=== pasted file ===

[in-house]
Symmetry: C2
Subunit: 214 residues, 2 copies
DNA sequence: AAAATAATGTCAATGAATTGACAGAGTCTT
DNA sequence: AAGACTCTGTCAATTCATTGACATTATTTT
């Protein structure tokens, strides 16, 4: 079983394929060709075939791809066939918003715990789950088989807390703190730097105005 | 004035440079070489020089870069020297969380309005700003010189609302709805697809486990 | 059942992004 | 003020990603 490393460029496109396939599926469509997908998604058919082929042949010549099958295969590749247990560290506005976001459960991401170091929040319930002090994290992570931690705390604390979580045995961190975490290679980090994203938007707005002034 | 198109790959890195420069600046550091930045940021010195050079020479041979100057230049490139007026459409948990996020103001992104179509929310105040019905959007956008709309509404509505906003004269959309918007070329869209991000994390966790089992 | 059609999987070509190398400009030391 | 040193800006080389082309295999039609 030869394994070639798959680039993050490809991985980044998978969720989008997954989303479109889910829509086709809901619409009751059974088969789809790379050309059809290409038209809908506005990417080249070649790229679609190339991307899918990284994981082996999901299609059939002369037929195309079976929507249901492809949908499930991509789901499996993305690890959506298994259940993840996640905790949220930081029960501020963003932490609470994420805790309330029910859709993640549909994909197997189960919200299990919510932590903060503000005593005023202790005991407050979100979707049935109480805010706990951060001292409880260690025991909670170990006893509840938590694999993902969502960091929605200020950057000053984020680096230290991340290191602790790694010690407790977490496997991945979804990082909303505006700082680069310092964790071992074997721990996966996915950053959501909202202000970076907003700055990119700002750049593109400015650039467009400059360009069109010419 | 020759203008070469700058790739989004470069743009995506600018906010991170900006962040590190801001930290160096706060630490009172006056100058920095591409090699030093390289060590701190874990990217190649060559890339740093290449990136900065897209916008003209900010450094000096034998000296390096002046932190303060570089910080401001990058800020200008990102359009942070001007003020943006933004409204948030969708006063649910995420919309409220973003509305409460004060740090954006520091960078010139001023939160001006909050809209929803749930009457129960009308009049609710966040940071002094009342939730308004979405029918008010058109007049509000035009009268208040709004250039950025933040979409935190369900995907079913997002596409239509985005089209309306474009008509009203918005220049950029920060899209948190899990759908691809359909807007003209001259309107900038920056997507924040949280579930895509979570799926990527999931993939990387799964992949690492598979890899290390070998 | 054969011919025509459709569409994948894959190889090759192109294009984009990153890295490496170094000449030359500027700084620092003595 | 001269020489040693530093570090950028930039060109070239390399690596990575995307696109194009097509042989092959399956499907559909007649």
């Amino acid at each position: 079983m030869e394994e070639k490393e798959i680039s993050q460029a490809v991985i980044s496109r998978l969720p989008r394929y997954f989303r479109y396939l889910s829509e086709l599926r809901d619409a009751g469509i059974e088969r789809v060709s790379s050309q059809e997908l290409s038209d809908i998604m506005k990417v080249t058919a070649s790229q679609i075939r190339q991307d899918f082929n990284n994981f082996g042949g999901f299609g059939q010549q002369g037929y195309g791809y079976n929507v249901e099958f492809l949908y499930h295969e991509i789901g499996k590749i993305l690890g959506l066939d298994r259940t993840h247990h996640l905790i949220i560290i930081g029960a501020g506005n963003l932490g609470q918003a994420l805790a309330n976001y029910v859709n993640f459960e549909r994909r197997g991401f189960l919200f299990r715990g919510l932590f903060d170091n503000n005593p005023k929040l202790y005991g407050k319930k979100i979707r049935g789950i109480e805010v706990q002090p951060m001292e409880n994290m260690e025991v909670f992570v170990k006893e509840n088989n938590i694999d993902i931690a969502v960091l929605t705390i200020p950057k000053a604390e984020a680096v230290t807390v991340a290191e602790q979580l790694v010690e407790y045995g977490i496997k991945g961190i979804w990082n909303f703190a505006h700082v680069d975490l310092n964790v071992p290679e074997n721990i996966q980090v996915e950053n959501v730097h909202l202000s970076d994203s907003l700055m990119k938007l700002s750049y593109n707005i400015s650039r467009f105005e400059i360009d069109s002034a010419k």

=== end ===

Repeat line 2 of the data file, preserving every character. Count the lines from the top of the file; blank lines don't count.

Symmetry: C2